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Publication numberUS7180756 B2
Publication typeGrant
Application numberUS 10/874,062
Publication dateFeb 20, 2007
Filing dateJun 21, 2004
Priority dateJun 21, 2004
Fee statusPaid
Also published asCN1713804A, CN100584158C, DE102005027235A1, US20050281006
Publication number10874062, 874062, US 7180756 B2, US 7180756B2, US-B2-7180756, US7180756 B2, US7180756B2
InventorsFrank H. Stone, Joseph L. Allore, Anthony J. Richter
Original AssigneeMotorola, Inc.
Export CitationBiBTeX, EndNote, RefMan
External Links: USPTO, USPTO Assignment, Espacenet
Latch mechanism
US 7180756 B2
Abstract
A latch mechanism (1200) comprises a resilient wire (404) supported proximate its first end (412) and second end (414) by a support structure (406). The latch mechanism (1200) also includes one or more hook shaped catches (218) that have cammed outer surfaces (302) and wire engaging openings (304). To engage the latch mechanism (1200) the resilient wire (404) is urged against the cammed outer surfaces (302) bending the resilient wire (404) and allowing the resilient wire to rebound into the wire engaging openings (304). To disengage the latch mechanism the resilient wire (404) is deflected, e.g., by pushing a moveable manual actuator (408) that is engaged with the wire, in order to release the resilient wire (404) from the wire engaging openings (304) of the catches (218).
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Claims(26)
1. A latch mechanism adapted for use in a portable electronic device, said mechanism comprising:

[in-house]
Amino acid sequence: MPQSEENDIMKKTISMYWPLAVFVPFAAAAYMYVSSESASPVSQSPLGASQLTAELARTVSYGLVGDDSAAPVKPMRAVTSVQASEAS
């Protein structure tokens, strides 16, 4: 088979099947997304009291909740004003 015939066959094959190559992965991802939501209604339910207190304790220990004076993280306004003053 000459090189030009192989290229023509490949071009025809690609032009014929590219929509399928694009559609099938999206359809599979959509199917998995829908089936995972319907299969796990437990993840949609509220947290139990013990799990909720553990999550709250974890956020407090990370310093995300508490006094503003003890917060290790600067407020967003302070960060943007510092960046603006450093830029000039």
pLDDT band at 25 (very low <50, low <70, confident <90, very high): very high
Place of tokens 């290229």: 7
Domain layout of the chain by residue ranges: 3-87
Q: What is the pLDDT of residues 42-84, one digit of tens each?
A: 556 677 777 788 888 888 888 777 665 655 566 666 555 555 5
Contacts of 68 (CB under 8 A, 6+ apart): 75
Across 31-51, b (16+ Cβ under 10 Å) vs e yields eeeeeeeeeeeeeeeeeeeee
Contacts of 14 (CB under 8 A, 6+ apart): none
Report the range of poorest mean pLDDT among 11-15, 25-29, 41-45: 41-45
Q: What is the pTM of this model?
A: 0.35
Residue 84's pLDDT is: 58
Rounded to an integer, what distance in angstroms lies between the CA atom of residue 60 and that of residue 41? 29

a first part comprising one or more catches;
a second part adapted to latch to said first part, said second part comprising:
a resilient wire, said resilient wire comprising a first end, a second end and a middle portion located between said first end and said second end;
a support structure that supports said resilient wire proximate said first end and proximate said second end and allows said middle portion to be deflected; and
a moveable manual actuator engaged with said middle portion of said resilient wire, said moveable manual actuator being adapted to bend said resilient wire, in response to a first force, from a first configuration in which said resilient wire is engaged with said one or more catches to a second configuration in which said resilient wire is disengaged from said one or more catches.
2. The latch mechanism according to claim 1 wherein:
said support structure comprises a first channel in which said first end of said resilient wire is received, and a second channel in which said second end or said resilient wire is received, and wherein said first channel and said second channel are axially spaced apart, whereby said middle portion is suspended between said first channel and said second channel.
3. The latch mechanism according to claim 2 wherein:
said resilient wire is straight in an unstressed state.
4. The latch mechanism according to claim 2 wherein:
said moveable manual actuator comprises a bore through which said resilient wire passes.
5. The latch mechanism according to claim 2 wherein:
said first channel has a first transverse dimension measured in a direction parallel to an axis of motion of said moveable manual actuator, at a first point proximate said moveable manual actuator, that is larger than a transverse dimension of said resilient wire, measured in the direction parallel to the axis of motion of said moveable manual actuator; and
said first channel has a second transverse dimension measured in the direction parallel to the axis of motion of said moveable manual actuator, at a second point proximate said first end of said resilient wire, that is substantially equal to said transverse dimension of said resilient wire.
6. The latch mechanism according to claim 2 wherein:
said one or more catches comprise a first catch and a second catch that are disposed on opposite sides of said moveable manual actuator.
7. The latch mechanism according to claim 2 wherein:
said one or more catches comprise a first catch; and
said support structure comprises a first slot that extends perpendicularly into said first channel, wherein said first catch engages said resilient wire through said first slot.